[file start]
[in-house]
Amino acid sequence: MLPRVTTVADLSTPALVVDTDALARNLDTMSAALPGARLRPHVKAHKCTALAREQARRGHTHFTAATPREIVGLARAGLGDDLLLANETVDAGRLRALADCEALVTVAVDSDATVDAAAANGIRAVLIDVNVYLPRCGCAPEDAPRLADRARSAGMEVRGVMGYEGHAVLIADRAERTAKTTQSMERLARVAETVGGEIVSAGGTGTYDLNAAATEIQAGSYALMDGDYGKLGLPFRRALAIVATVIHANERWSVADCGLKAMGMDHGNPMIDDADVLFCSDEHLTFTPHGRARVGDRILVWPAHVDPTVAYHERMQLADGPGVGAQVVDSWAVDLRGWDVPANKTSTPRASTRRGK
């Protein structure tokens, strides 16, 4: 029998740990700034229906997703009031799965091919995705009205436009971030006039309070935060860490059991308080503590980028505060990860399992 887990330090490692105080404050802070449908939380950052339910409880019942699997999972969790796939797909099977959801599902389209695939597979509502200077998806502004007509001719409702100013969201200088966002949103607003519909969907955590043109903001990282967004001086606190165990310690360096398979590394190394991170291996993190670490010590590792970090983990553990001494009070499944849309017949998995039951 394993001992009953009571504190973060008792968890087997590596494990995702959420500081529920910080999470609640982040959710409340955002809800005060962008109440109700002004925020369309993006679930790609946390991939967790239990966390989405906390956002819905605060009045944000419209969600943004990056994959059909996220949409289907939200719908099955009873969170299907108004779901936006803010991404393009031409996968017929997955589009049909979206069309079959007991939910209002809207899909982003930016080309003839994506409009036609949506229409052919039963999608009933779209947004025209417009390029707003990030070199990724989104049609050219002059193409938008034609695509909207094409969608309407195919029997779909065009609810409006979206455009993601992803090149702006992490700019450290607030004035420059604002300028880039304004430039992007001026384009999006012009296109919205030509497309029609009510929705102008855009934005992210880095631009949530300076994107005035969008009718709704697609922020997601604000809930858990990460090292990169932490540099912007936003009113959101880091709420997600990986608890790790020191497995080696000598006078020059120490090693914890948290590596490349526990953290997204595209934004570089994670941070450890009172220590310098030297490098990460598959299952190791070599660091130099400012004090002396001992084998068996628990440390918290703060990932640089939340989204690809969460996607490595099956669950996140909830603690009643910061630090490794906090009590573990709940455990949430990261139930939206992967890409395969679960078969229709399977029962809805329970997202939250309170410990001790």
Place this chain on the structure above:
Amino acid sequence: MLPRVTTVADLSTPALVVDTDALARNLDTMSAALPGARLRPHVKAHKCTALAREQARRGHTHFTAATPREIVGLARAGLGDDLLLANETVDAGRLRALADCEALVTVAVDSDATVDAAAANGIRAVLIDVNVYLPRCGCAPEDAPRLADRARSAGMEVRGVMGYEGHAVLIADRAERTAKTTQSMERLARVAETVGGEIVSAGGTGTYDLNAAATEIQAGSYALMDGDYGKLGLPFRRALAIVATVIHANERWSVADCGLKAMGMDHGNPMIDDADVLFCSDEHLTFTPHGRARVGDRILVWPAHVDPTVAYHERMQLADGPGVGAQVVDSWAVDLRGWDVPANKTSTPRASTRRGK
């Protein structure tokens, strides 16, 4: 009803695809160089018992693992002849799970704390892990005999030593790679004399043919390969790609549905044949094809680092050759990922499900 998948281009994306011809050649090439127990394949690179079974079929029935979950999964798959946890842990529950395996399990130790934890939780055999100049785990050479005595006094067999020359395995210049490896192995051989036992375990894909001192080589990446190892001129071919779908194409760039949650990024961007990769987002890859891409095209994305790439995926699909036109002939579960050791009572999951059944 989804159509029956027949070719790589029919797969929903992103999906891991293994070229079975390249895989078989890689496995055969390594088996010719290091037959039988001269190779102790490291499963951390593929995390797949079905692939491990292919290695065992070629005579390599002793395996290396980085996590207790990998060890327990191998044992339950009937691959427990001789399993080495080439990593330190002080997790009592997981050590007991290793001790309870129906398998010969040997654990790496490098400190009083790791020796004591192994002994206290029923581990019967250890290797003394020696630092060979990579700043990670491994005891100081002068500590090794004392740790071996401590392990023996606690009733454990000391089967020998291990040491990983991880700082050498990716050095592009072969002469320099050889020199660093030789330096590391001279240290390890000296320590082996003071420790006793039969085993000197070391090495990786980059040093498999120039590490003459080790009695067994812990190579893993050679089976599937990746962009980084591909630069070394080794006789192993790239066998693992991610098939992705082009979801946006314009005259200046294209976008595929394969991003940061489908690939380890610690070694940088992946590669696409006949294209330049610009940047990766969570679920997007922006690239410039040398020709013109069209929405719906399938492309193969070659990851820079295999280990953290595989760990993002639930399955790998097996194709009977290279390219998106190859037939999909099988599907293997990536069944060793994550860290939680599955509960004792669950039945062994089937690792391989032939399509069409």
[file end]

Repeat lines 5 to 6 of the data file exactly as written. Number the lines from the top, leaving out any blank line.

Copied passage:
Amino acid sequence: MLPRVTTVADLSTPALVVDTDALARNLDTMSAALPGARLRPHVKAHKCTALAREQARRGHTHFTAATPREIVGLARAGLGDDLLLANETVDAGRLRALADCEALVTVAVDSDATVDAAAANGIRAVLIDVNVYLPRCGCAPEDAPRLADRARSAGMEVRGVMGYEGHAVLIADRAERTAKTTQSMERLARVAETVGGEIVSAGGTGTYDLNAAATEIQAGSYALMDGDYGKLGLPFRRALAIVATVIHANERWSVADCGLKAMGMDHGNPMIDDADVLFCSDEHLTFTPHGRARVGDRILVWPAHVDPTVAYHERMQLADGPGVGAQVVDSWAVDLRGWDVPANKTSTPRASTRRGK
């Protein structure tokens, strides 16, 4: 009803695809160089018992693992002849799970704390892990005999030593790679004399043919390969790609549905044949094809680092050759990922499900 998948281009994306011809050649090439127990394949690179079974079929029935979950999964798959946890842990529950395996399990130790934890939780055999100049785990050479005595006094067999020359395995210049490896192995051989036992375990894909001192080589990446190892001129071919779908194409760039949650990024961007990769987002890859891409095209994305790439995926699909036109002939579960050791009572999951059944 989804159509029956027949070719790589029919797969929903992103999906891991293994070229079975390249895989078989890689496995055969390594088996010719290091037959039988001269190779102790490291499963951390593929995390797949079905692939491990292919290695065992070629005579390599002793395996290396980085996590207790990998060890327990191998044992339950009937691959427990001789399993080495080439990593330190002080997790009592997981050590007991290793001790309870129906398998010969040997654990790496490098400190009083790791020796004591192994002994206290029923581990019967250890290797003394020696630092060979990579700043990670491994005891100081002068500590090794004392740790071996401590392990023996606690009733454990000391089967020998291990040491990983991880700082050498990716050095592009072969002469320099050889020199660093030789330096590391001279240290390890000296320590082996003071420790006793039969085993000197070391090495990786980059040093498999120039590490003459080790009695067994812990190579893993050679089976599937990746962009980084591909630069070394080794006789192993790239066998693992991610098939992705082009979801946006314009005259200046294209976008595929394969991003940061489908690939380890610690070694940088992946590669696409006949294209330049610009940047990766969570679920997007922006690239410039040398020709013109069209929405719906399938492309193969070659990851820079295999280990953290595989760990993002639930399955790998097996194709009977290279390219998106190859037939999909099988599907293997990536069944060793994550860290939680599955509960004792669950039945062994089937690792391989032939399509069409």